VON: Exploding Television

    September 12, 2006
    WebProNews Staff

BuzzMachine blogger and media critic Jeff Jarvis brought his wit and style to the Fall 2006 VON conference in Boston. Tech news followers likely remember Jeff Jarvis from his beastly encounter with Dell customer service…

VON: Exploding Television
Online Video Continues To Grow

Our publisher Rich Ord passed along his notes on Jeff Jarvis’ talk at VON. We’ve buffed them up for your perusal.

…or we should say a complete lack of service as he recounted in several “Dell Hell” posts

Jarvis is doing just fine, and he spoke at pulvermedia’s VON about online video coming along to explode TV.

“Trust is the King. It turns out that trying to own content and control distribution is really expensive,” he said. “If conversation is king then all of us content creators are partners not competitors.”

That means the big guys in media are not in control of that conversation anymore; the people are. The big old networks are in catch-up mode, and some of their actions look desperate.

Jeff JarvisThe networks and the TV stations have been antagonizing each other, by posting video content online. Jarvis illustrated why the Internet is so important now that longtime partners like these would anger the other side.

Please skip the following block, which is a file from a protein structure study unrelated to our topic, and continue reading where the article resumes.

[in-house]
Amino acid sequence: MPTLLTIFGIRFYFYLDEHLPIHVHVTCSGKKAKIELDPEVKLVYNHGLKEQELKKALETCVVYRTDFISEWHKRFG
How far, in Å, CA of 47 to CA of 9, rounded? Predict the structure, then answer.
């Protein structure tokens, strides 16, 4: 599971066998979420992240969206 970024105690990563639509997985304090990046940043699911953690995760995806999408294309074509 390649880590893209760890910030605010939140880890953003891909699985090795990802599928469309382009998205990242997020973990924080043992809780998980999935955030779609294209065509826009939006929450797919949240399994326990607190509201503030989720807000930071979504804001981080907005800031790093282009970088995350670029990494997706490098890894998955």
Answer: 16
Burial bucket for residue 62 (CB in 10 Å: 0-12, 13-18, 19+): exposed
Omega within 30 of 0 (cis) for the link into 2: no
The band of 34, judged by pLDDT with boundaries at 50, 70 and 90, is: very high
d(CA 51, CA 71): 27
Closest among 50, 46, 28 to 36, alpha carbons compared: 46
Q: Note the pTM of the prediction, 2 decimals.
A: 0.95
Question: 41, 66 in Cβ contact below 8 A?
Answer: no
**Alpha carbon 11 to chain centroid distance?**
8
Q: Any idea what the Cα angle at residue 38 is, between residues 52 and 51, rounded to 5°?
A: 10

“When Jon Stewart went on CNN Crossfire he had 150,000 viewers … but then he published his appearance on iFilm and as of this moment it has been viewed on the web over 2 million times,” he said. “The free network has power.”

Jarvis has six suggestions for web video, which we will list here:

1. We must get on advertising act together. We must do this in an open way and an appropriate way…and 30 seconds will not be appropriate.

2. Redefine network. It is the job of the network to find the good [stuff] for us … it is not about distribution anymore. We are no longer one size fits all. Prime time is my time. We will be networks. Our new TV needs its own remote control.

3. We need to get the old networks to distribute our content on TV. They can help bring advertising dollars. We should be convincing the networks to put their stories up on YouTube. If it is good we will distribute it for them.

(For our take on advertising and television, please read Google TV Ad Partner: Guess Who? – David)

4. Avoid the bubble. We just don’t want to be stupid.

5. Don’t let our videos become soulless. Realize that the golden age of TV wasn’t that great. We need to encourage the good stuff.
6. Think live. I want to see live TV on the net and mobile because it gives us the ability to communicate with each other live.

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David Utter is a staff writer for WebProNews covering technology and business.